The writer is a former Spotlight News reporter.
I’ve always disliked the color pink. But when searching in a field for tiny pink potatoes on an organic vegetable farm because a frost is coming, and there’s a treacherous windstorm, and it’s raining sideways, and the soil is ricocheting from the ground into eyes, and it’s so cold that cheeks are numb to the bone… well, finding each one is like finding the most beautiful gem.
Even in these conditions, insanely, unforgettable conditions, I don’t regret a single suffering moment that day.
I was in Iceland.
Rewind to a month earlier. I was a determined Spotlight reporter, fresh out of college and searching for my next big move. It was time to do the one thing I had always talked about but never attempted: traveling.
My boyfriend had decided to WWOOF (World Wide Opportunities on Organic Farming) at Vallanes, an organic vegetable farm in the east of Iceland. He flew out Aug. 1 to begin his two-month journey.
With a phone plan set up, two months without him seemed tough, but doable. But as a pseudo-hippie, I was also interested in getting my fingernails dirty on a farm. After only a short time, it was mutually decided: I would join him. To WWOOF, you only need to pay for travel and while farming, your host feeds and shelters you. Flight booked, muck boots bought and overalls considered, I said goodbye to my Spotlight family and made the endurably long trip across the sea.
While I could write an entire book about my less than three-week adventure, I’ll just highlight pieces for now. First, just in case your 10th grade geography teacher failed you, Iceland is actually green and Greenland is actually ice. Yet, Icelandic weather can change three times in one day. For the most part, the weather stayed beautiful up until a few days before we left, when a snowstorm blanketed the mountains in front of the farm and sent extreme winds to our land.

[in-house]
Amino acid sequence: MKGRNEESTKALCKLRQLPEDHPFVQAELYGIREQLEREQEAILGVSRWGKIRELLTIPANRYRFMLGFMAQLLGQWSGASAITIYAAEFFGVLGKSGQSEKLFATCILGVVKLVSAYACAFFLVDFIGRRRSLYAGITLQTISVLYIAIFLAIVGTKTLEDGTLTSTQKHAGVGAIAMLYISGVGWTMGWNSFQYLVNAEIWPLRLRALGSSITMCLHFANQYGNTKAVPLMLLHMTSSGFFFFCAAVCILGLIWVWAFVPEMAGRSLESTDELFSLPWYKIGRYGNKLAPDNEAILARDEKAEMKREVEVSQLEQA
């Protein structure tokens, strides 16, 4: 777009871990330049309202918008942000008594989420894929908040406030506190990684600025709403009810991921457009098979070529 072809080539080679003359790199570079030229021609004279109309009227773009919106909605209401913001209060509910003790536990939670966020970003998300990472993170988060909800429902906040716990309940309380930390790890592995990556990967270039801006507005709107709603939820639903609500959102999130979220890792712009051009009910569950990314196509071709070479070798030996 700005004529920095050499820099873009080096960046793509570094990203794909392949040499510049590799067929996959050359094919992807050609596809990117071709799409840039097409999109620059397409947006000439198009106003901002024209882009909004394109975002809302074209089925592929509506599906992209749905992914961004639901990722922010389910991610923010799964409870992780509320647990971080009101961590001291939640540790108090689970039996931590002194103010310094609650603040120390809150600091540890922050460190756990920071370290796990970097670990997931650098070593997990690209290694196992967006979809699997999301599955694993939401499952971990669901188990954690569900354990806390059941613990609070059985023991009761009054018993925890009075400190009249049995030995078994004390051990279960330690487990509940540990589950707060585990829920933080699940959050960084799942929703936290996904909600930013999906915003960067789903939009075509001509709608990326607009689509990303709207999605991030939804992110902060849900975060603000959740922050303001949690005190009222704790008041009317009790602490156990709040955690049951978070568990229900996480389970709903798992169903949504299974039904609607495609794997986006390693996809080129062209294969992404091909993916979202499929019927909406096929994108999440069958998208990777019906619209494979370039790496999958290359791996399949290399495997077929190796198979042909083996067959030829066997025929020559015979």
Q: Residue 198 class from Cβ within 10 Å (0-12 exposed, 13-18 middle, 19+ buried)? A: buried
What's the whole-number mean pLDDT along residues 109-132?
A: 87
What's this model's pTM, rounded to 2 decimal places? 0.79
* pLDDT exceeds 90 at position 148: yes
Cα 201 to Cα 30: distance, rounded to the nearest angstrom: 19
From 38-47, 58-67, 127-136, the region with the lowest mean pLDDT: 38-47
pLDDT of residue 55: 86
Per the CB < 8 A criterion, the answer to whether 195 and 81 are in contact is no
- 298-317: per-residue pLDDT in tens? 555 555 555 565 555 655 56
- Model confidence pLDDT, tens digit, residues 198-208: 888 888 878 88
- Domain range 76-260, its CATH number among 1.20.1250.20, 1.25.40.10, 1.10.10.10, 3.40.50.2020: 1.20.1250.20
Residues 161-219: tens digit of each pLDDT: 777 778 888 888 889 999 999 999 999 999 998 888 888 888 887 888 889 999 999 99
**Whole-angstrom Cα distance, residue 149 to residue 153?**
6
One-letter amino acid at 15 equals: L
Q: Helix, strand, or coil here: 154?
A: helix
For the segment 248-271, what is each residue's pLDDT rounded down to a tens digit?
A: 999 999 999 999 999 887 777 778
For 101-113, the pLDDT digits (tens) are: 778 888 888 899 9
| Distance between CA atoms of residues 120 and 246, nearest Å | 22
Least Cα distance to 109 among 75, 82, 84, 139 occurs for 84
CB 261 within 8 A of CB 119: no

Arriving at the farm on a cool September morning, the sky was brilliantly colored and the air was immaculately fresh. I was given the grand tour of the farm, which grows vegetables including parsley, lettuce, kohlrabi and its main grain: barley. As an incredible source of protein, I learned to love (and eat) barley with every meal and embrace all its flatulent side effects. Afterwards, I settled into the Monster House, where the nearly 15 other WWOOFers lived.
Now, I’ve gone to sleep-away camp and college, but I’ve never felt as quickly at home as I did at Vallanes. WWOOFers come and go, and when I arrived my boyfriend and I were the only Americans on the farm. We were surrounded by people from countries like Spain, France, Serbia, Belarus, Italy, Belgium and Germany. Everyone was friendly and eager to learn about one another, and with English as their second (or third … or fourth) language, the Americans became the “go-to crew” for communication breakdowns. It was nice to feel useful. We all tried to pick up Icelandic, but found it nearly impossible.
We worked six days a week, beginning at 9 a.m. Each person was given a task, and it was yours until completed. They ranged from harvesting, to packaging for Icelandic supermarkets and restaurants, to picking and washing berries. While some of the work could be considered “hard labor,” a lot of it was just monotonous. Working with others allowed for bonding, but oftentimes I found myself working in a field alone, cutting mizuna and staring at the statuesque mountains in front of me. With hours to think and let my mind be free, my normally anxious persona drifted away and I experienced an unfamiliar feeling: calmness.
It was a whirlwind that went extraordinarily quickly. If I hadn’t bought my return ticket, I’m fairly certain I would have stayed. Now that I’m home, part of me almost feels like my trip was a dream. Another part of me feels that if I talk about it, it’ll be gone forever.
For those few weeks, my phone was off, I hardly turned on the farm’s circa-1990 computer and I let go of everything I carry on my shoulders. I met amazing friends, learned the value of hard work – especially when we ate the food we planted – and discovered a new passion. I’m beginning to plan a three-month adventure to Europe this spring, visiting my new buddies and trying to WWOOF from country to country.
While the beauty of autumn dominates New York, a part of me can’t help waking up, peering out my window and hoping to see the refreshing openness of the Icelandic sky, the mountainous backdrop or hearing numerous accents outside my bedroom door.
It’s only recently that I’ve fully removed the soil from under my fingernails.